Residential Treatment in California

Often, those who suffer from severe substance abuse are left wondering where to turn for help. It can be challenging to know who to call or where to get the best assistance for addiction recovery. Here at Harmony Place, we offer residential substance abuse treatment to those who are struggling with addiction. Residential treatment can assist those who suffer from the following challenges:

  • trauma
  • eating disorders
  • substance abuse
  • cognitive development
  • problems related to personality
  • addictive and compulsive behaviors

Here at Harmony Place, we offer a comprehensive and client-centered approach to residential rehab. Our clients can rest assured that we are committed to walking them through this new chapter of their lives!

What is Residential Substance Abuse Treatment?

Residential substance abuse treatment gives individuals the chance to experience around-the-clock care while facing the challenges of addiction and mental health. In a residential treatment facility, people can receive a higher level of care than can be provided in individual, group, or family therapy alone. Individuals can receive treatment in residential treatment. Treatment programs can range in length from 28 days to 6 months and longer.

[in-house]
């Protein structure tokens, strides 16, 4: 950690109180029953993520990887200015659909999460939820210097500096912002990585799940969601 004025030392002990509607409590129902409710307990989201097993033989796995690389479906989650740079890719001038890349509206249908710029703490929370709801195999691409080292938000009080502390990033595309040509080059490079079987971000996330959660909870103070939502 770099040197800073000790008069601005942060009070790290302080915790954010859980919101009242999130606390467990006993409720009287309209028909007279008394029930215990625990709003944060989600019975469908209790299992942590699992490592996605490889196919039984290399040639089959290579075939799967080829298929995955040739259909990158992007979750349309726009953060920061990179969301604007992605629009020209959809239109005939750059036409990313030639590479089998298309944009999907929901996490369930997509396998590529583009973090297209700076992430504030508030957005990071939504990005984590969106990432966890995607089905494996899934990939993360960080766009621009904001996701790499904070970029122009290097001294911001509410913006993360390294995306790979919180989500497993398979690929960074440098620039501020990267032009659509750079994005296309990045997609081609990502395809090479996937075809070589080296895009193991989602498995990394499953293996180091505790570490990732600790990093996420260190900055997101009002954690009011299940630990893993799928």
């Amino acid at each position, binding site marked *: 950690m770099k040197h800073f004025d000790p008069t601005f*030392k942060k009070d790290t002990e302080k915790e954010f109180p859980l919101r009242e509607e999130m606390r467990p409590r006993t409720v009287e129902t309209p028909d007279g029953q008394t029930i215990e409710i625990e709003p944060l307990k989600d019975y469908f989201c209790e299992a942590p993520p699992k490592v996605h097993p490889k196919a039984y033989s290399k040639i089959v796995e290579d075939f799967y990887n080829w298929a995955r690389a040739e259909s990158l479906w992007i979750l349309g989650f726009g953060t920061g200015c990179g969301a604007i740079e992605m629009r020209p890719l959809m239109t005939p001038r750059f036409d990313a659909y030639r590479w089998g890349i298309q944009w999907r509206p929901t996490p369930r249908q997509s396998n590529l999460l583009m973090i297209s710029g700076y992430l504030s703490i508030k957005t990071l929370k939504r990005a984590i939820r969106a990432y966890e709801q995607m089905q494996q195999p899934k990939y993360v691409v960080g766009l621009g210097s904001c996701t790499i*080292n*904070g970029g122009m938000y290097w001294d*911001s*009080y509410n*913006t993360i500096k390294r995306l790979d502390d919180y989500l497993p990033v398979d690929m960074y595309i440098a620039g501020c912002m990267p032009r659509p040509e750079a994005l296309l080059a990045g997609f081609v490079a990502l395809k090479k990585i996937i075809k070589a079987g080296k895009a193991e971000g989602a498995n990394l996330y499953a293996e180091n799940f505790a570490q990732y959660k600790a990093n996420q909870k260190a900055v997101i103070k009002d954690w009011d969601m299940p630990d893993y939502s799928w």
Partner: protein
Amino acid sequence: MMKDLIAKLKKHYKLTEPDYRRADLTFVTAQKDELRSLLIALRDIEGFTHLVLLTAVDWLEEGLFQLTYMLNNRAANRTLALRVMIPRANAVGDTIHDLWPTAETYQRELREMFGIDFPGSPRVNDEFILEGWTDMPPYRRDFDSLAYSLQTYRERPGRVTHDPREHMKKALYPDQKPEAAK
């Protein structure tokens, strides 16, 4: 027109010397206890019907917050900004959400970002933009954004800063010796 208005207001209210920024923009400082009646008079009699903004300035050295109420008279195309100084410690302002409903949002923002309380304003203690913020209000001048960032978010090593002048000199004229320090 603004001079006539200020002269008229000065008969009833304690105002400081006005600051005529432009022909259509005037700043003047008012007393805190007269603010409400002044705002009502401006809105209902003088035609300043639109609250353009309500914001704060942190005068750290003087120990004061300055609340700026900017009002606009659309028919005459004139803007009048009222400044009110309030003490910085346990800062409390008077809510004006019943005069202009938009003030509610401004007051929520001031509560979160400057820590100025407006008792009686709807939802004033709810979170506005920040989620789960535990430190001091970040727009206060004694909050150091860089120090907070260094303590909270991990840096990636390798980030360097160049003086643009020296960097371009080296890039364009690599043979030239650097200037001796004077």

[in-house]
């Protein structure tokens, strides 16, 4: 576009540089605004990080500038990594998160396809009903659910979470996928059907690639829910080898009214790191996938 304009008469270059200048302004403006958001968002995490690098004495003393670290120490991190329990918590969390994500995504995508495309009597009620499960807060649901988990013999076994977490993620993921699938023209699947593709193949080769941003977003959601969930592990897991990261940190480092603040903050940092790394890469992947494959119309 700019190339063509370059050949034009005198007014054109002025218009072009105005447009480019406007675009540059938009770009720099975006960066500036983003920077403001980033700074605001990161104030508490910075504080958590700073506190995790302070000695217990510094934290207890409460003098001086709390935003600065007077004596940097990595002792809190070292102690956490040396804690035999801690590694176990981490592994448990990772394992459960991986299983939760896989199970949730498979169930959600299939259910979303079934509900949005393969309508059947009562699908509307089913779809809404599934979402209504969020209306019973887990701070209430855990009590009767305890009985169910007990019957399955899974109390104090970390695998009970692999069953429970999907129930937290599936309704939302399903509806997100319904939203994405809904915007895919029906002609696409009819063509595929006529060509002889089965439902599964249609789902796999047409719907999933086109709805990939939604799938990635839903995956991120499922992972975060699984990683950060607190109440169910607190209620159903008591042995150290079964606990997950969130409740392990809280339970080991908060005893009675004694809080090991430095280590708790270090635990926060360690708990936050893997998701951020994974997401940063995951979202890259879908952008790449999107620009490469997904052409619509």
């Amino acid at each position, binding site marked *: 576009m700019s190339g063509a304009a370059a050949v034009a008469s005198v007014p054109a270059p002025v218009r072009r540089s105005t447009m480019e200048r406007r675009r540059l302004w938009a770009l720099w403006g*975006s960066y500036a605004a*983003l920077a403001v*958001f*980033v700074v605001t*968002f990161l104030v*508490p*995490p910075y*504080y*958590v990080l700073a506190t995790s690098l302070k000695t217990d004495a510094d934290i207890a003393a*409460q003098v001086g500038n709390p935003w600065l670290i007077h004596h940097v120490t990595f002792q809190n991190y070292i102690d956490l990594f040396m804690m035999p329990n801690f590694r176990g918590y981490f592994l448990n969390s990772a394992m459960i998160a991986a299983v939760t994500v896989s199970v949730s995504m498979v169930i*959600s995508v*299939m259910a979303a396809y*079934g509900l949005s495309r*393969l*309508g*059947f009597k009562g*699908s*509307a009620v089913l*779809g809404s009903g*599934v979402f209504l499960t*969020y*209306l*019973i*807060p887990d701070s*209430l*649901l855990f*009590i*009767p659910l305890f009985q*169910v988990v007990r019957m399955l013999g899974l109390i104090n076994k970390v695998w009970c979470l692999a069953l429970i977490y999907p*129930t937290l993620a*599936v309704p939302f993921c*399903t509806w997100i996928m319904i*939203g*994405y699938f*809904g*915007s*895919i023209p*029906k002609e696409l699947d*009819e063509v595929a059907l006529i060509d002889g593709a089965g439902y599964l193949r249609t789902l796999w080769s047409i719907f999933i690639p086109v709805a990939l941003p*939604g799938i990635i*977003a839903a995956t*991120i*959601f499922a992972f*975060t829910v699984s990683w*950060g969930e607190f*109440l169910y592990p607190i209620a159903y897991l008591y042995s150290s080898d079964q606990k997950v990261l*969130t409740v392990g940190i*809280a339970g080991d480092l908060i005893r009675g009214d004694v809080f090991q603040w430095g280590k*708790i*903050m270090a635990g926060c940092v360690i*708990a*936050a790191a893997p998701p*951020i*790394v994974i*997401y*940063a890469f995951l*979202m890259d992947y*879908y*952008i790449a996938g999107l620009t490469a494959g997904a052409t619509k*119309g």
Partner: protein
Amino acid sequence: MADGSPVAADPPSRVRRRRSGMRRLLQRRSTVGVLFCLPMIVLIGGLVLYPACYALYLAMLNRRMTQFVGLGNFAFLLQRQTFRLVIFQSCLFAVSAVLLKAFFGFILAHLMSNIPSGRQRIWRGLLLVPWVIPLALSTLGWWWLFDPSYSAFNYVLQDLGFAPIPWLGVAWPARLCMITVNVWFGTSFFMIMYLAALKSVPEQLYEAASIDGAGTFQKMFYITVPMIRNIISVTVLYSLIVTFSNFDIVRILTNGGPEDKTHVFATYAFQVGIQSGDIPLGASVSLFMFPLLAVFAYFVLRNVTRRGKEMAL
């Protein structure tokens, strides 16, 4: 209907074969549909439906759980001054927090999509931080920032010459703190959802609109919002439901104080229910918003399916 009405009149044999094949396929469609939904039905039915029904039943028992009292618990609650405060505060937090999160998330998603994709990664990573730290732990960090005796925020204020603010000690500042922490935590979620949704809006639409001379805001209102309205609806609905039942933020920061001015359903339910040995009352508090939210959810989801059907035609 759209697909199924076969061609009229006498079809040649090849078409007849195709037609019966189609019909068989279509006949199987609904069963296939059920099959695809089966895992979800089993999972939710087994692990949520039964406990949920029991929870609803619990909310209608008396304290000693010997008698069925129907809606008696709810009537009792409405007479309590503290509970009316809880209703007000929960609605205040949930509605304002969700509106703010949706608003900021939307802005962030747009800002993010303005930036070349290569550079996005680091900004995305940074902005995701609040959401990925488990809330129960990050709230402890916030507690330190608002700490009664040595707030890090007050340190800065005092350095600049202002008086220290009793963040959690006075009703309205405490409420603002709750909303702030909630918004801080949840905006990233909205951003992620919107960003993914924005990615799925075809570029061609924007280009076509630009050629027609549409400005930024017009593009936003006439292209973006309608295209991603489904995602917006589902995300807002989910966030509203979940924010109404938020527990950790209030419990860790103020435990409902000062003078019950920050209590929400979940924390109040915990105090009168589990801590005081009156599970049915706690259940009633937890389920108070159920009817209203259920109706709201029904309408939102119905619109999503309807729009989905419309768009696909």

There is growing recognition that safe and stable living environments are important in recovery for individuals with substance use disorders (SUDs) that need structured care.  A residential treatment program is a structured, 24-hour level of care that provides an opportunity to focus on intensive recovery activities. 

The purpose is to help people with SUDs and a high level of psychosocial needs become stable in their recovery. This is important before returning to an unsupervised environment or an outpatient setting which could be harmful to their recovery. It needs to be mentioned again, the length of the program may vary.